With the prices for anhydrous ammonia, phosphate and potash all hovering around $1,000 a ton, Clay Mitchell and his father, Wade, from Buckingham, Iowa, are glad they installed automated section controls on their strip-till fertilizer applicator last winter.
"If you're getting 5% to 10% overlap, you're wasting some real money,” Clay explains. The Mitchells believe they have obtained that range of savings by installing automated section controls and a RTK auto-guidance system (real-time kinematics with sub-inch repeatable accuracy) on their planter and sprayer.
But the Mitchells weren't satisfied with merely eliminating fertilizer overlap. They also wanted the most accurate metering system on their planter that they could devise.
Soil testing in the row revealed that their soil phosphorus levels varied from 9 parts per million (ppm) to 47 ppm. "Our applicator was putting out fertilizer in pulses, or spurts, from each flute from the metering roll,” Clay says.
The Mitchells don't know how much that affects yield. But they know they want every corn plant to have an equal chance to obtain nutrients.
Section controls. The Mitchells apply dry phosphate and potash fertilizer and anhydrous ammonia as they strip-till, using a modified B&H 9800 Zone Fortifier air-delivery system and Orthman 1-tRIPr strip-till toolbar.
To set up automated section control, they used technology similar to that on their sprayer and planter. A Topcon controller activates Tru Count air-actuated clutches to turn three-row sections of the 12-row dry fertilizer applicator on and off.
At the same time, the controller turns the same three rows of the anhydrous ammonia applicator on or off.
On the anhydrous ammonia applicator, the controller uses three-way ARO fluid power valves (made by Ingersoll Rand) to drive the Gemini pneumatic actuator valves that are installed on every row. "Shutoff is almost instantaneous, and there's no bleeding of ammonia,” Clay says.
"We mounted the Gemini shutoff valves on the toolbar, rather than on the knives, to protect them,” Clay explains. "Each knife has its own pressure gauge to ensure that each valve is opening and closing all of the way.”
Setting up the ammonia system required installing a hydrostatic relief valve (or pressure relief valve) at three separate points: between the shutoff valve on the toolbar and the main shutoff control valve; between the main shutoff valve and the manual safety shutoff valve; and between the manual safety shutoff valve and the breakaway coupler.
To make their dry fertilizer application as precise as possible, the Mitchells also designed new metering rolls. They used Morris Industries spiral fluted metering wheels and shafts, made from heavy-gauge stainless steel, inside housings that Wade fabricated.
"They provide a steady stream of fertilizer, even at low speeds, which is what we were looking for,” Wade says.
The automated section control and new metering system are the latest step in a quest for perfection that began in 2000, when the Mitchells adopted RTK GPS auto-guidance. Since then, they have added automated nozzle and row-unit controls, RTK implement guidance, controlled traffic and strip-intercropping of corn and soybeans.
"We figure if we're not doing the very best we can, we need to change something,” Wade says.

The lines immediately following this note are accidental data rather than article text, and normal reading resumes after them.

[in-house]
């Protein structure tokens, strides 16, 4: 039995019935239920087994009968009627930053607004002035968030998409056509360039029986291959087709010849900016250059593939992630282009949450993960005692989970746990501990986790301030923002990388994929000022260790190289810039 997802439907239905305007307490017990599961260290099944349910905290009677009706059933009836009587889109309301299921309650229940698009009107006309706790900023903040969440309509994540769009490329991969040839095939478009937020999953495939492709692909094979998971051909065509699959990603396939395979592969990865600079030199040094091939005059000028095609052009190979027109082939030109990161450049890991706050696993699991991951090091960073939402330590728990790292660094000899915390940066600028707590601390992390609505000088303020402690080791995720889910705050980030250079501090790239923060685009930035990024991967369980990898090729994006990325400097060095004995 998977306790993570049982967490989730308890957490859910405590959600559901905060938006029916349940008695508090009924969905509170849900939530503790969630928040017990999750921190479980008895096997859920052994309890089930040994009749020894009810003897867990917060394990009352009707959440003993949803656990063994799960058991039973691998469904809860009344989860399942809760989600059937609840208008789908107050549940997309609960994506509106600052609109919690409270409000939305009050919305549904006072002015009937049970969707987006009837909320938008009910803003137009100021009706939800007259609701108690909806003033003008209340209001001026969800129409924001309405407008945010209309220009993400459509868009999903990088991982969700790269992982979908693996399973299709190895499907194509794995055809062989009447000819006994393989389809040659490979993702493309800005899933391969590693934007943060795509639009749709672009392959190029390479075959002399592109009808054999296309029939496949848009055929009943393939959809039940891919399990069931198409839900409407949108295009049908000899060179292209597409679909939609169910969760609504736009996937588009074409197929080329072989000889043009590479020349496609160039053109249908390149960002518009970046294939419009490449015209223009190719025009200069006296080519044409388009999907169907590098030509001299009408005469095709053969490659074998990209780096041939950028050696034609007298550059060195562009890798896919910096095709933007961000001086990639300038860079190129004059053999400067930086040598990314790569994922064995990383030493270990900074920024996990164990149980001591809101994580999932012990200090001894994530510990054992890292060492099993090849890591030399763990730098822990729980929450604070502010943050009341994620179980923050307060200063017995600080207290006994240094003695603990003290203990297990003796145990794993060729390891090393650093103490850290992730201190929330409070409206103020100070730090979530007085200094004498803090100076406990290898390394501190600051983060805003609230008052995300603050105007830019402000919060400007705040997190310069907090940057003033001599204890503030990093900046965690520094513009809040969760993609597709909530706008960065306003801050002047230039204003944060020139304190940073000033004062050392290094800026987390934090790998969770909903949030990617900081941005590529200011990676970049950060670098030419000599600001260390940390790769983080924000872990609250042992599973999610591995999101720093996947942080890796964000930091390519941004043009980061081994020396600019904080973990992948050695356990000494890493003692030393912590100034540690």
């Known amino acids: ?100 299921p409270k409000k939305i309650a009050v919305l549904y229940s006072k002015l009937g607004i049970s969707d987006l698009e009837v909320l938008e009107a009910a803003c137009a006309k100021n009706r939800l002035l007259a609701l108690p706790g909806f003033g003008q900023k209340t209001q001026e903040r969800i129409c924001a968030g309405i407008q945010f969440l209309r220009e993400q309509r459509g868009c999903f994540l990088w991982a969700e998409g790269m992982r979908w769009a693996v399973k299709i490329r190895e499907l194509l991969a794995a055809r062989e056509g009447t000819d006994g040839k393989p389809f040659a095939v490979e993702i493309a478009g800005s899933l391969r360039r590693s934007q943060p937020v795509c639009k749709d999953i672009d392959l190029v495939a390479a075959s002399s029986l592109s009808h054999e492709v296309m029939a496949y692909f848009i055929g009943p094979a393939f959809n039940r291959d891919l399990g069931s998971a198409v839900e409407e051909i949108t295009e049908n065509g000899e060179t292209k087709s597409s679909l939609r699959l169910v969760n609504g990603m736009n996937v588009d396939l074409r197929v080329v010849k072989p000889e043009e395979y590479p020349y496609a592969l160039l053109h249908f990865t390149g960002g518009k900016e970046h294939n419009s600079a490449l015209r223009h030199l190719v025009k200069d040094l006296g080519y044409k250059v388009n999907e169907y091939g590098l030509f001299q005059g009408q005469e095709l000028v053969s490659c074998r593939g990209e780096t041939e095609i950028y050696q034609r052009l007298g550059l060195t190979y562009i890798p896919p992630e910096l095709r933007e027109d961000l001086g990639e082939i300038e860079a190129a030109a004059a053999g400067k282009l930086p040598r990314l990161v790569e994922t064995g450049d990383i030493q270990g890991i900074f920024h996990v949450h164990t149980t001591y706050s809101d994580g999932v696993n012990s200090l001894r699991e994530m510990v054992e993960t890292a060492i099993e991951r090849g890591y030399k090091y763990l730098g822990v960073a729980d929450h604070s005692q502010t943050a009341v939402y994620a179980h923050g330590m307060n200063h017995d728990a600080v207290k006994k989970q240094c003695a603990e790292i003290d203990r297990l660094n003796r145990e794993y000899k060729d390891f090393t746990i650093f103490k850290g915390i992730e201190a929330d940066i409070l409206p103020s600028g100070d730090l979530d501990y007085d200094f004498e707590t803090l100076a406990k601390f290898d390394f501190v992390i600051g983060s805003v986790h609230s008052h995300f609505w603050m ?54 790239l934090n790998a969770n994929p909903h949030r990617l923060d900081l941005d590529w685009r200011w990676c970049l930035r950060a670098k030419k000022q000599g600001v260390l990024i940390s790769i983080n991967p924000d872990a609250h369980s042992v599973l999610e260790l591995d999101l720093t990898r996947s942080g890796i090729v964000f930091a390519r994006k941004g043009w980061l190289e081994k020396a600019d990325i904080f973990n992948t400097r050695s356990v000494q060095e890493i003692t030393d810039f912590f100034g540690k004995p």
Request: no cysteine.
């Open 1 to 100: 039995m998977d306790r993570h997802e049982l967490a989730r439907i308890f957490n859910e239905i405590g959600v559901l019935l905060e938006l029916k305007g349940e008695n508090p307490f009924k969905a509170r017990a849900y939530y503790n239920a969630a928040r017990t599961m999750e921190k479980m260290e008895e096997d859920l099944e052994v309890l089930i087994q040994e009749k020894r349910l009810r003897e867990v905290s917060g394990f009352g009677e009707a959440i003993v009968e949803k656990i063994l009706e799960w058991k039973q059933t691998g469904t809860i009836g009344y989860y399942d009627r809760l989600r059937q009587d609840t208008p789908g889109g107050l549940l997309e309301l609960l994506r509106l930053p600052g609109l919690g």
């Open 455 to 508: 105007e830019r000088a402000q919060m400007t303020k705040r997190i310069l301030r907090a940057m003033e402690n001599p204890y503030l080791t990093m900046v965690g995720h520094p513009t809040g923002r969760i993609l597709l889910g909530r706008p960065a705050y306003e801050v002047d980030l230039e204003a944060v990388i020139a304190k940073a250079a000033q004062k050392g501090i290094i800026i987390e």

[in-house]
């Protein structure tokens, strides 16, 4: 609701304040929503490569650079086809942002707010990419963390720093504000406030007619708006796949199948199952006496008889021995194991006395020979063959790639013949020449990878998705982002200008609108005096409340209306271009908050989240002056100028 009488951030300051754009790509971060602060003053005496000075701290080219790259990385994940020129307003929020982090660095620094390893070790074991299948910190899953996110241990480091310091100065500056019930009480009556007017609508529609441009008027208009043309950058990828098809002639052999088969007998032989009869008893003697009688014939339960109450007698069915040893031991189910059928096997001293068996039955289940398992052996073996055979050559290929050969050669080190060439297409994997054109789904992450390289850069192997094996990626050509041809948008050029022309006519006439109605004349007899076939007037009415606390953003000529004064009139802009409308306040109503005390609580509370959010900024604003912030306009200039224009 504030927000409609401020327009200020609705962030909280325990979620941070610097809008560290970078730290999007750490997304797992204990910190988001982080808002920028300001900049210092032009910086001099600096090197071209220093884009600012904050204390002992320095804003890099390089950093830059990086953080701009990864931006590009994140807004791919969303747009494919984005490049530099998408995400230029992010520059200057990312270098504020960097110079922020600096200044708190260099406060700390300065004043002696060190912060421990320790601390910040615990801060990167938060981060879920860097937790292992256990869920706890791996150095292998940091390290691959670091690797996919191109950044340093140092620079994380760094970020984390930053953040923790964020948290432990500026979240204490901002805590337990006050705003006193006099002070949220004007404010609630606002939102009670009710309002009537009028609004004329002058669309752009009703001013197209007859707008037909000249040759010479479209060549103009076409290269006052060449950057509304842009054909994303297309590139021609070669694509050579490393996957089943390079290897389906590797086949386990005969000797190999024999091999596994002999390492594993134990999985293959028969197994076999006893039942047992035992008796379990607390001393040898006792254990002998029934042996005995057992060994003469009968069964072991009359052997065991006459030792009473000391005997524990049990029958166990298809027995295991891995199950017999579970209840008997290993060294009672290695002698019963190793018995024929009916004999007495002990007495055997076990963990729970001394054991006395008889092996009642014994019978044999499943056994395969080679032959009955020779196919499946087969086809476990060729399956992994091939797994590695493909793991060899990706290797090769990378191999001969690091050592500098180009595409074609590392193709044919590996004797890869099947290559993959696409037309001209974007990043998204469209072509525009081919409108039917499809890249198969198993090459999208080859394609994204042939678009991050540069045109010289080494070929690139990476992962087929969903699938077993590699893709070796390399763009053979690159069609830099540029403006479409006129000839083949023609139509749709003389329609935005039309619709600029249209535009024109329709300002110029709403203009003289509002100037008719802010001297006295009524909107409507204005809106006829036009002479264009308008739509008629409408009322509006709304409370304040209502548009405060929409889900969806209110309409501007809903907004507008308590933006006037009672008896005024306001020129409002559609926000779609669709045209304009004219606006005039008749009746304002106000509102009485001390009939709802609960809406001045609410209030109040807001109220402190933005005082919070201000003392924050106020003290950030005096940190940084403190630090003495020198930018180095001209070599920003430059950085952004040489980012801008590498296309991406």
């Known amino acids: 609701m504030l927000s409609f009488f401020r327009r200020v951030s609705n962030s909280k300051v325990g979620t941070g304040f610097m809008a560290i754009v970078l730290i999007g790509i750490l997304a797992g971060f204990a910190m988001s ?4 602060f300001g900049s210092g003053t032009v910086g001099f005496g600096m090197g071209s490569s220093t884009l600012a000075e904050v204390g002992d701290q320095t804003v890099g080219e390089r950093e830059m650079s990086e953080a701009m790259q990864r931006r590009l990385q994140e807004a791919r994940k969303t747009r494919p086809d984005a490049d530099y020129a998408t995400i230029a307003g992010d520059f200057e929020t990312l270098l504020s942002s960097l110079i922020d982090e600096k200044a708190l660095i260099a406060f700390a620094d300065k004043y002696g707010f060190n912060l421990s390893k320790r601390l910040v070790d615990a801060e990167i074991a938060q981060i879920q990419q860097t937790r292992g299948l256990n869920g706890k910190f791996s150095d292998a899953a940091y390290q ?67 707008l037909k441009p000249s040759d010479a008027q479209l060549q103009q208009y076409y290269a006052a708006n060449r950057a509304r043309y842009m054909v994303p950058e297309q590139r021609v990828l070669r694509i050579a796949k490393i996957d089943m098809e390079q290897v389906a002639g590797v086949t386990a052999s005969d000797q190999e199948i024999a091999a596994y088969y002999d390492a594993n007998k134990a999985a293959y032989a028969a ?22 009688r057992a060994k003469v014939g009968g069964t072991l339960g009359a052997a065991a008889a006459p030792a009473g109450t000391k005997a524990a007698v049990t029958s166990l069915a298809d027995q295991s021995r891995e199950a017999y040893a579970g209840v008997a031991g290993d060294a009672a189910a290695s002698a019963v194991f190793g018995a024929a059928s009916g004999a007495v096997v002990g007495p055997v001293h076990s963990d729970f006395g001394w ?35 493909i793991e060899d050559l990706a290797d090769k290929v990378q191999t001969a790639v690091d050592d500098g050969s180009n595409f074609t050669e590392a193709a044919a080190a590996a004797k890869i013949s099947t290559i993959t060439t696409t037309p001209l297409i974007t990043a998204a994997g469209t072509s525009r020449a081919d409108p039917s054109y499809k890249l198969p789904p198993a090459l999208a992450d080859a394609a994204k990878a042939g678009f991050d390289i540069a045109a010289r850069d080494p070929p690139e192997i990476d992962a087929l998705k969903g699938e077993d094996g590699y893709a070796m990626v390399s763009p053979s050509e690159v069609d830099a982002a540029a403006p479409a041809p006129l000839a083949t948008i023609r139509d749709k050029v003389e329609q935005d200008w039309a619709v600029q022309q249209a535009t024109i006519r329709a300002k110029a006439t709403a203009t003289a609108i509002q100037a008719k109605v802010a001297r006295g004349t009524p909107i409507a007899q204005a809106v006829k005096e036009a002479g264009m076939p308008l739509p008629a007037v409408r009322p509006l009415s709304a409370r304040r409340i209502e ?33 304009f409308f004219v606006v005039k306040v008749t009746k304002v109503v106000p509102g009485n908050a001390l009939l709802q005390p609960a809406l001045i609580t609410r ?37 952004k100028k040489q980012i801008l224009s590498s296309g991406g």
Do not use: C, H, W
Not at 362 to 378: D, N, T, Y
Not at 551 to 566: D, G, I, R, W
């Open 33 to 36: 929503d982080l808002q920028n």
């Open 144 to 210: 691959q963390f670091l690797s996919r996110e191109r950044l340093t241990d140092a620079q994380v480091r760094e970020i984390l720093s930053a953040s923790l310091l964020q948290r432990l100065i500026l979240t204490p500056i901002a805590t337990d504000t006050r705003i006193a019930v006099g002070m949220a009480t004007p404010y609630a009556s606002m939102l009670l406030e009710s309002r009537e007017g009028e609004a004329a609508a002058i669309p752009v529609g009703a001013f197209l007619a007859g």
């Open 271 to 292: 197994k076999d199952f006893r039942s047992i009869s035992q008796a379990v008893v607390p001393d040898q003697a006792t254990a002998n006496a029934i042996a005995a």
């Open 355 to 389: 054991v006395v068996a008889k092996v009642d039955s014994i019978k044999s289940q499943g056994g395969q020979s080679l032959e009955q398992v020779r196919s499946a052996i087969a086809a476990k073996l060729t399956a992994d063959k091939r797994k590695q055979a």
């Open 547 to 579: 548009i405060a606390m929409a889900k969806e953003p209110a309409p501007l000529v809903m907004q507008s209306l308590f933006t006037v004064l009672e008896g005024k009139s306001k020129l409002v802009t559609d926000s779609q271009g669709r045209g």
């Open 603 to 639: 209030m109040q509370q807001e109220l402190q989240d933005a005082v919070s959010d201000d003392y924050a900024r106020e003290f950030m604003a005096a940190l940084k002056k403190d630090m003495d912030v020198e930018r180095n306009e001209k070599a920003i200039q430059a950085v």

For More Information
To learn more about the products mentioned in the story, visit:
-Tru Count: www.trucount.com
-Gemini valves: www.geminivalve.com
-Morris Industries: www.morris-industries.com
-Aro/Ingersoll Rand: http://fluids.ingersollrand.com
Checking Knives is the Key to Accuracy
Even with a state-of-the-art applicator, some plants can be shortchanged on nutrients—and fertilizer wasted—if ammonia knives don't deliver a uniform flow. A simple, but important, test can prevent that from happening.
"We test new knives before we install them on our toolbar,” says Clay Mitchell, who farms with his father, Wade, in Buckingham, Iowa. "We have found some of them too far out of spec to be usable.”
The test requires a stepladder, a funnel, tubing, a 5-gal. bucket and a water bottle. Fix the funnel to the stepladder and clamp a knife in a vise so both maintain a constant height from knife to knife. Connect the funnel to the fertilizer tube on a knife, and pour a measured amount of water through it. "Use a water bottle, rather than a hose from a faucet, because pressure from the faucet could vary,” Wade says.
Repeat the process three times for each knife, and calculate the average amount of time for the water to run through. Look for differences in the amount of time it takes. "If it takes 14 seconds with one knife and 10.3 seconds with another, one row is getting 36% more fertilizer,” Wade ex-plains (14 – 10.3 = 3.7, or 36% of the smaller number.)
"Sometimes we find tubes are plugged or they haven't been completely pinched off at the end, so ammonia comes out both holes,” Wade says. "Sometimes differences result from the amount of penetration when the tube was welded onto the knife.”
Another way to test knives is to set each knife in a bucket of water and turn on the applicator. Run the applicator until the water is about saturated, before ammonia is released as a gas, and weigh the buckets. "You have to do this test outside,” Wade says. "The other test works well when you're servicing during the winter.”
With their dry fertilizer applicator, the Mitchells set a bucket under each row unit, run the applicator for a while and then weigh the buckets. With current fertilizer prices, calibrating applicators is very important, they say.
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